Purdue Pharma: Project Trango
Admittedly, these allegations are not that much of a surprise for many. After all, Purdue Pharma has faced legal troubles for years. At one point, the company pled guilty to a federal felony and paid more than $600 million in criminal and civil penalties for unethical marketing practices.
Recent information from a case again Purdue Pharma in Massachusetts outline a secret plan by the Sackler family called “Project Tango” that would essentially help Purdue Pharma profit off the opioid crisis on both ends. Specifically, the plan would have been to push even more prescription opioid painkillers, and simultaneously develop opioid treatment drugs to make money when people got hooked.
While Project Tango was never executed, many believe it is just one example of how the Sackler family actively worked on finding ways to profit off of the suffering of people addicted to opioids. Lawsuits filed by New York and Massachusetts lay out an extensive involvement of the Sacklers.
Specifically, the lawsuit shows that members of the Sackler family pushed to aggressively expand marketing of opioids for years after Purdue Pharma admitted to misrepresenting the potential for abuse and addictive qualities of OxyContin, citing emails, records, and other internal documents.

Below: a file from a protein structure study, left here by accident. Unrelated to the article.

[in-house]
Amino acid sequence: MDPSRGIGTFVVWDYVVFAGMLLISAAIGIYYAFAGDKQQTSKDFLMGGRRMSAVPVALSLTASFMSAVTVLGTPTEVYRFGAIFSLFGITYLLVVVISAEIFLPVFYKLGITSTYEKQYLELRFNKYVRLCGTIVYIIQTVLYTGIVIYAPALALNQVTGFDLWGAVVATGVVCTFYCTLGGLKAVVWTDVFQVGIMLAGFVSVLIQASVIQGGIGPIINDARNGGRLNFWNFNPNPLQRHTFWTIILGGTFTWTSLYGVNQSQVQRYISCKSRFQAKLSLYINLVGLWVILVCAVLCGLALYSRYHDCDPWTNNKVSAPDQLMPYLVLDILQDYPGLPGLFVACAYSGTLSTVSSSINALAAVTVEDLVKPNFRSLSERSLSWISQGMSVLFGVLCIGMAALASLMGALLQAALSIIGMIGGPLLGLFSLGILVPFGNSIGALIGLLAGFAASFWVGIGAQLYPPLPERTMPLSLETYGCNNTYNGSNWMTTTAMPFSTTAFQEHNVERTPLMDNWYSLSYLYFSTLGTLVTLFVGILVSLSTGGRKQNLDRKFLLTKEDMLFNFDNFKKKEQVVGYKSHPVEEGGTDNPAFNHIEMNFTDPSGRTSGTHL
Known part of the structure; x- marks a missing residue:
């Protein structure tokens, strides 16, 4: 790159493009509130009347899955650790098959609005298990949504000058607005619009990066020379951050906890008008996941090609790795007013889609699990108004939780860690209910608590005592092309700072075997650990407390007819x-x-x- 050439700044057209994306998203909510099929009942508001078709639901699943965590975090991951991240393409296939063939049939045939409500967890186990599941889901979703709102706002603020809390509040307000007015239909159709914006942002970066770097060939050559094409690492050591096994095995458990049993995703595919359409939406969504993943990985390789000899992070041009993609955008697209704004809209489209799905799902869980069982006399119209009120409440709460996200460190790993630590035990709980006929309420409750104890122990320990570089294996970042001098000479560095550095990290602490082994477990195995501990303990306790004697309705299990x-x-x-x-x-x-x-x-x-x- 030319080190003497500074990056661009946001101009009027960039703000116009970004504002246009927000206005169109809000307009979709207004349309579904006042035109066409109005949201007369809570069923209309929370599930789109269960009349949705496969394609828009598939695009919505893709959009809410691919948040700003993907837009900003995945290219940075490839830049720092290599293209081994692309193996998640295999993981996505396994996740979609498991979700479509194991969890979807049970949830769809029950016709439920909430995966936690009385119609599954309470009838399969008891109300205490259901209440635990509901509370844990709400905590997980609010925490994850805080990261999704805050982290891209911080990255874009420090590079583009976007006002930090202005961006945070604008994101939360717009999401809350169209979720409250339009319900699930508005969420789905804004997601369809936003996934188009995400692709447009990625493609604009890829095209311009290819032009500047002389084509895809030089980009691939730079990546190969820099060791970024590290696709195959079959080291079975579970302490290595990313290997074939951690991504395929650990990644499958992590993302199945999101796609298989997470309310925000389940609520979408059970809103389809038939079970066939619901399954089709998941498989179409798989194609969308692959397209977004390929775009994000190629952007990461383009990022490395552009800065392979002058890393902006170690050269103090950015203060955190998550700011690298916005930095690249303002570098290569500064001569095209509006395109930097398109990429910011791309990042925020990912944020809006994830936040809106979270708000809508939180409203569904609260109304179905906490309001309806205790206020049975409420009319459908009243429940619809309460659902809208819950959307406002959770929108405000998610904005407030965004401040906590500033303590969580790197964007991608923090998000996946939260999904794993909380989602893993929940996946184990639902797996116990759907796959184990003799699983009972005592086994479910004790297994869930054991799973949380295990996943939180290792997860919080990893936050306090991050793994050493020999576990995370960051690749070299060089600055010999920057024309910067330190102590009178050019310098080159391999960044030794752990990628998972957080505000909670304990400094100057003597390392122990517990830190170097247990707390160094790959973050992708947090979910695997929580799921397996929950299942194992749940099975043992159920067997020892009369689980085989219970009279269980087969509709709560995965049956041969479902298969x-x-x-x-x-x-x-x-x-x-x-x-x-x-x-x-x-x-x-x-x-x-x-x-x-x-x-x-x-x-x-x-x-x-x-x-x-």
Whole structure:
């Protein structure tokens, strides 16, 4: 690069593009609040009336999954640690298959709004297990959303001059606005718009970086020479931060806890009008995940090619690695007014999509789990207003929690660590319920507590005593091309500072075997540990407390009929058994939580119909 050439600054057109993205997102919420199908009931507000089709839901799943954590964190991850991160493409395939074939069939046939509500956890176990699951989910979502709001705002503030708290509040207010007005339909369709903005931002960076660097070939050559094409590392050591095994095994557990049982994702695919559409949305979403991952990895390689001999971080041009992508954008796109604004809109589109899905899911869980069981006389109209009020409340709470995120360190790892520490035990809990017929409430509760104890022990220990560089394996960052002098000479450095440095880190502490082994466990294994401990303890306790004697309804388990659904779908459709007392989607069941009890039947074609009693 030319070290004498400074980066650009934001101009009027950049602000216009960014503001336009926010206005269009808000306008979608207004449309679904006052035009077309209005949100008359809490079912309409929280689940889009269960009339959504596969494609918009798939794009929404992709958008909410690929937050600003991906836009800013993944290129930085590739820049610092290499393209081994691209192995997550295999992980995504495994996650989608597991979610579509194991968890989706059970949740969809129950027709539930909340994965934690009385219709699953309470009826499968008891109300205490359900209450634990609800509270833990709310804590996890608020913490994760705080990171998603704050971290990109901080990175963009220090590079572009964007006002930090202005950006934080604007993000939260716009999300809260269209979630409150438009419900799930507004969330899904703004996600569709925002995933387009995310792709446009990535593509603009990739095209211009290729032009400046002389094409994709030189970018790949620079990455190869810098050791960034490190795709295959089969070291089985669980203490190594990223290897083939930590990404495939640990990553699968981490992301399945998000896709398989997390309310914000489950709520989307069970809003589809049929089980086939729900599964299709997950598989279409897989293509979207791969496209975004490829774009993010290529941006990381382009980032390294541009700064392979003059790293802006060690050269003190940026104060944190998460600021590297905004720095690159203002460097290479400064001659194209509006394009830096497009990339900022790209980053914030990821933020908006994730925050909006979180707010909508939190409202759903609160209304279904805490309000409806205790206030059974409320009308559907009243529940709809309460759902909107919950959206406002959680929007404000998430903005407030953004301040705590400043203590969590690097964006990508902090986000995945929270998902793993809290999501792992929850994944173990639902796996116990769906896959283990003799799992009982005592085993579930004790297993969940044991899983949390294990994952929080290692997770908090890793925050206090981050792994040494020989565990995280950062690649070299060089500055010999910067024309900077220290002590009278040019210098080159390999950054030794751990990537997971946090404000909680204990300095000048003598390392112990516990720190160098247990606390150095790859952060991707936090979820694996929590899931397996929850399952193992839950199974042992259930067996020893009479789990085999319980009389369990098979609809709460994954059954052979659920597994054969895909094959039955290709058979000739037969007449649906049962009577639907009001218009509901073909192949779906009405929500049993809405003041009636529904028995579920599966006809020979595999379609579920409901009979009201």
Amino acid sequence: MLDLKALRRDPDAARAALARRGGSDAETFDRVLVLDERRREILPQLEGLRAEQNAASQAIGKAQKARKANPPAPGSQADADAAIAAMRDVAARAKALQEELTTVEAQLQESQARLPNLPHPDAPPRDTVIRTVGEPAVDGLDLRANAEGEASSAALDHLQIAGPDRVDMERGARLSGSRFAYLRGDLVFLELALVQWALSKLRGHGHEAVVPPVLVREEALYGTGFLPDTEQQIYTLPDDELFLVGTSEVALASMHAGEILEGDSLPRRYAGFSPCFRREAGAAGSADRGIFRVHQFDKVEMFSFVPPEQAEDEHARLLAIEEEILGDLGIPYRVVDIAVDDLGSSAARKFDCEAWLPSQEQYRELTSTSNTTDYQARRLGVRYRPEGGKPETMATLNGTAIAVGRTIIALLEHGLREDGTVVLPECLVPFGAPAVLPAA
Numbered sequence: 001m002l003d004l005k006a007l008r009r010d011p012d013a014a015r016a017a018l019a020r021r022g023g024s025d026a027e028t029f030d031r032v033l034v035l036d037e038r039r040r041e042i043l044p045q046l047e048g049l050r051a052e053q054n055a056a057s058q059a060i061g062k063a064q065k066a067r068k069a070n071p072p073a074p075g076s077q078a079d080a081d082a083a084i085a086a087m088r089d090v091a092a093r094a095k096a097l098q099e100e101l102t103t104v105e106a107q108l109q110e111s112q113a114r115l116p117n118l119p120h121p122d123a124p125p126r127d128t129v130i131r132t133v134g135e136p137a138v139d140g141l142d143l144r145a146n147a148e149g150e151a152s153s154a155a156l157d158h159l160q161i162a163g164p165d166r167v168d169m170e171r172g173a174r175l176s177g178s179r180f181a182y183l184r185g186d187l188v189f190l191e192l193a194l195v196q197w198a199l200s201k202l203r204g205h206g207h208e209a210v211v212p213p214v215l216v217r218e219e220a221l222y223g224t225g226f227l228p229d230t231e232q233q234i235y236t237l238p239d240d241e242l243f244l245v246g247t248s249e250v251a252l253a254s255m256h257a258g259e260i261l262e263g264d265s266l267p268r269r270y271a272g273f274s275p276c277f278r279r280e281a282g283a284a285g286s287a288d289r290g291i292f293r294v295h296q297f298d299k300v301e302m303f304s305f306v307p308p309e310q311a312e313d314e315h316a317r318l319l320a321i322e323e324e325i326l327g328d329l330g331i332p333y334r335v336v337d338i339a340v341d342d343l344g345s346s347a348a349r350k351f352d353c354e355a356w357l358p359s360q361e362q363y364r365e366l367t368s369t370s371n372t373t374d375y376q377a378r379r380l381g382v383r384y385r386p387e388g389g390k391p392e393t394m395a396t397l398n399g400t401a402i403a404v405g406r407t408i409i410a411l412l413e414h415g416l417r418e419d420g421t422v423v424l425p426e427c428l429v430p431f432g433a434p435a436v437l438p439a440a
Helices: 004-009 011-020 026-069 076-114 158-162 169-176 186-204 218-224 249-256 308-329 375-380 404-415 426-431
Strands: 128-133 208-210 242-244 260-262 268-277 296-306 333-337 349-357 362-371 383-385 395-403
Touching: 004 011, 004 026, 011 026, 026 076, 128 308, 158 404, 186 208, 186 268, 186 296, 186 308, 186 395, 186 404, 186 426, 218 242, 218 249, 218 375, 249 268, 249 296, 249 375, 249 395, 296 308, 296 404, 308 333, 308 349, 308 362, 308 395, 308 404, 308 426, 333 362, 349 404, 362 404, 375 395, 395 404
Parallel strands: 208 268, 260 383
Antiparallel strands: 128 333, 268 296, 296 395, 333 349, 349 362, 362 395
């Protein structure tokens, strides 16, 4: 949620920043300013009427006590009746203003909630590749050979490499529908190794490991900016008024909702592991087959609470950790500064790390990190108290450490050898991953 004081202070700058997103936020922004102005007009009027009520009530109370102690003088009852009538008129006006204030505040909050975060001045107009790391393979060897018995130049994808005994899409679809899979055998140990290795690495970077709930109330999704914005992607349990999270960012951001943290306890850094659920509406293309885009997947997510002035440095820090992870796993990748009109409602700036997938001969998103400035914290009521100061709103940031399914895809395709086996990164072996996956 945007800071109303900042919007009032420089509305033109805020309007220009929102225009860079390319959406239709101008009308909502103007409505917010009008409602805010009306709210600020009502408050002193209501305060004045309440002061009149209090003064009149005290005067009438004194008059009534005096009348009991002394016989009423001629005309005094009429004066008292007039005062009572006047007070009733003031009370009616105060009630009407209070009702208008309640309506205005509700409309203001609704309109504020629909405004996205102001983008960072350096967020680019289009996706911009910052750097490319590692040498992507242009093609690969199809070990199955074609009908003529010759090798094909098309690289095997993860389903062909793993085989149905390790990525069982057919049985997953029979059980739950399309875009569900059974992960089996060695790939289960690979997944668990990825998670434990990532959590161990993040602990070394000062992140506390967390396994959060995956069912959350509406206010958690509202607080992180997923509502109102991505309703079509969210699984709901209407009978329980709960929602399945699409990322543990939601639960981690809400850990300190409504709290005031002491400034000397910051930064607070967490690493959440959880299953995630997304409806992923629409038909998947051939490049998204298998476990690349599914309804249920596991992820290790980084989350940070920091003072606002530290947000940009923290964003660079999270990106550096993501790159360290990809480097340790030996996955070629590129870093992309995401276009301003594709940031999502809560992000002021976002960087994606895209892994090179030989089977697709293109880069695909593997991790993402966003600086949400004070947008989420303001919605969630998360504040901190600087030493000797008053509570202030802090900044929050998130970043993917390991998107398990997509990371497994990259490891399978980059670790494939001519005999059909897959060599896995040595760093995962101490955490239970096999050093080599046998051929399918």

Sacklers and Purdue in Denial
Meanwhile, both the Sackler family and Purdue Pharmaceuticals have given statements denying the claims. A spokesperson for the families of the late founders of Purdue Pharma, Dr. Mortimer, and Dr. Raymond Sackler, issued this statement:
“These baseless allegations place blame where it does not belong for a complex public health crisis, and we deny them. The company our fathers and grandfathers founded manufactures an FDA-approved medicine that has always represented a tiny portion of the opioid market — never more than four percent of nationwide opioid prescriptions and currently less than two percent — while providing life-changing relief for the millions of pain patients who need it.
“While we have always acted properly, we remain committed to making a meaningful contribution to solutions that save lives by preventing diversion and abuse of prescription medicines and treating those who are suffering from addiction.”
Despite this denial of Project Tango, Richard Sackler was awarded a patent for a version of buprenorphine last year. This is a compound used to block opioid receptors by brand name drugs like Suboxone. In fact, Purdue Pharma’s application for an injectable drug for emergency treatment of overdoses was fast-tracked by the FDA in March. So, did they or did they not abandon their plans to profit off of opioid addiction?
A similar statement from Purdue spokesman Bob Josephson reads:
“This complaint is part of a continuing effort by contingency fee counsel to single out Purdue, blame it for the entire opioid crisis in the United States, and try the case in the court of public opinion rather than the justice system.”